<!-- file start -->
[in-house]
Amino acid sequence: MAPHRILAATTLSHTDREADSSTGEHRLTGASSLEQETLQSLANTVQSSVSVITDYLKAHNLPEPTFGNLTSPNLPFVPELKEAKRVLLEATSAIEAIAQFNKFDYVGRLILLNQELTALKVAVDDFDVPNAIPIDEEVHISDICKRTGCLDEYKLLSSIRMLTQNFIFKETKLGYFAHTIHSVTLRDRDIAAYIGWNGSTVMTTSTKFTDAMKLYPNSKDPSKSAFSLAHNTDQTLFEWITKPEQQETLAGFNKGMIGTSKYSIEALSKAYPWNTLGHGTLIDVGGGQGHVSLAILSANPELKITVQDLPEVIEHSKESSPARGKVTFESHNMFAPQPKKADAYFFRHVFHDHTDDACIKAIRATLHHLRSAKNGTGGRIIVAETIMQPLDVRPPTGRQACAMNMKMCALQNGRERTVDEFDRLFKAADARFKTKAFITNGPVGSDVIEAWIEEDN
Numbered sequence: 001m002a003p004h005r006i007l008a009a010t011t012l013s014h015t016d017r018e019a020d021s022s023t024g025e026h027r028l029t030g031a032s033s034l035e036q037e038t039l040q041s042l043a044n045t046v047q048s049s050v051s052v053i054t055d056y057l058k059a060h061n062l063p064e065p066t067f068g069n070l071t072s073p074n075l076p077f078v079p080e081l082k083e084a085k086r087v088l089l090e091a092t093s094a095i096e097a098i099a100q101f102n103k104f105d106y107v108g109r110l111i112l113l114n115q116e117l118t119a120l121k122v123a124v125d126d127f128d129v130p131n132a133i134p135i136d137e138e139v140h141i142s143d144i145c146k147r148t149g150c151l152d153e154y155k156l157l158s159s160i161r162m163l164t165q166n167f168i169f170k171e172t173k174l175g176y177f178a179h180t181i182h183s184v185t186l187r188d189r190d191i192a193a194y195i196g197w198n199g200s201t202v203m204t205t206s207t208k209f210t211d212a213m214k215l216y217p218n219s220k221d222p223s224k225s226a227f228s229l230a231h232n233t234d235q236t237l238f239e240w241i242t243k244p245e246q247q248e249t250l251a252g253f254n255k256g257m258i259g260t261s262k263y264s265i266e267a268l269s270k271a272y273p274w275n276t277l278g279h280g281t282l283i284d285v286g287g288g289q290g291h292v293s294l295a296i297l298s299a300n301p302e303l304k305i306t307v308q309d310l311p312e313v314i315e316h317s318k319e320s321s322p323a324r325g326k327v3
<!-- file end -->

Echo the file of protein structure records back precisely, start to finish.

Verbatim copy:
[in-house]
Amino acid sequence: MAPHRILAATTLSHTDREADSSTGEHRLTGASSLEQETLQSLANTVQSSVSVITDYLKAHNLPEPTFGNLTSPNLPFVPELKEAKRVLLEATSAIEAIAQFNKFDYVGRLILLNQELTALKVAVDDFDVPNAIPIDEEVHISDICKRTGCLDEYKLLSSIRMLTQNFIFKETKLGYFAHTIHSVTLRDRDIAAYIGWNGSTVMTTSTKFTDAMKLYPNSKDPSKSAFSLAHNTDQTLFEWITKPEQQETLAGFNKGMIGTSKYSIEALSKAYPWNTLGHGTLIDVGGGQGHVSLAILSANPELKITVQDLPEVIEHSKESSPARGKVTFESHNMFAPQPKKADAYFFRHVFHDHTDDACIKAIRATLHHLRSAKNGTGGRIIVAETIMQPLDVRPPTGRQACAMNMKMCALQNGRERTVDEFDRLFKAADARFKTKAFITNGPVGSDVIEAWIEEDN
Numbered sequence: 001m002a003p004h005r006i007l008a009a010t011t012l013s014h015t016d017r018e019a020d021s022s023t024g025e026h027r028l029t030g031a032s033s034l035e036q037e038t039l040q041s042l043a044n045t046v047q048s049s050v051s052v053i054t055d056y057l058k059a060h061n062l063p064e065p066t067f068g069n070l071t072s073p074n075l076p077f078v079p080e081l082k083e084a085k086r087v088l089l090e091a092t093s094a095i096e097a098i099a100q101f102n103k104f105d106y107v108g109r110l111i112l113l114n115q116e117l118t119a120l121k122v123a124v125d126d127f128d129v130p131n132a133i134p135i136d137e138e139v140h141i142s143d144i145c146k147r148t149g150c151l152d153e154y155k156l157l158s159s160i161r162m163l164t165q166n167f168i169f170k171e172t173k174l175g176y177f178a179h180t181i182h183s184v185t186l187r188d189r190d191i192a193a194y195i196g197w198n199g200s201t202v203m204t205t206s207t208k209f210t211d212a213m214k215l216y217p218n219s220k221d222p223s224k225s226a227f228s229l230a231h232n233t234d235q236t237l238f239e240w241i242t243k244p245e246q247q248e249t250l251a252g253f254n255k256g257m258i259g260t261s262k263y264s265i266e267a268l269s270k271a272y273p274w275n276t277l278g279h280g281t282l283i284d285v286g287g288g289q290g291h292v293s294l295a296i297l298s299a300n301p302e303l304k305i306t307v308q309d310l311p312e313v314i315e316h317s318k319e320s321s322p323a324r325g326k327v3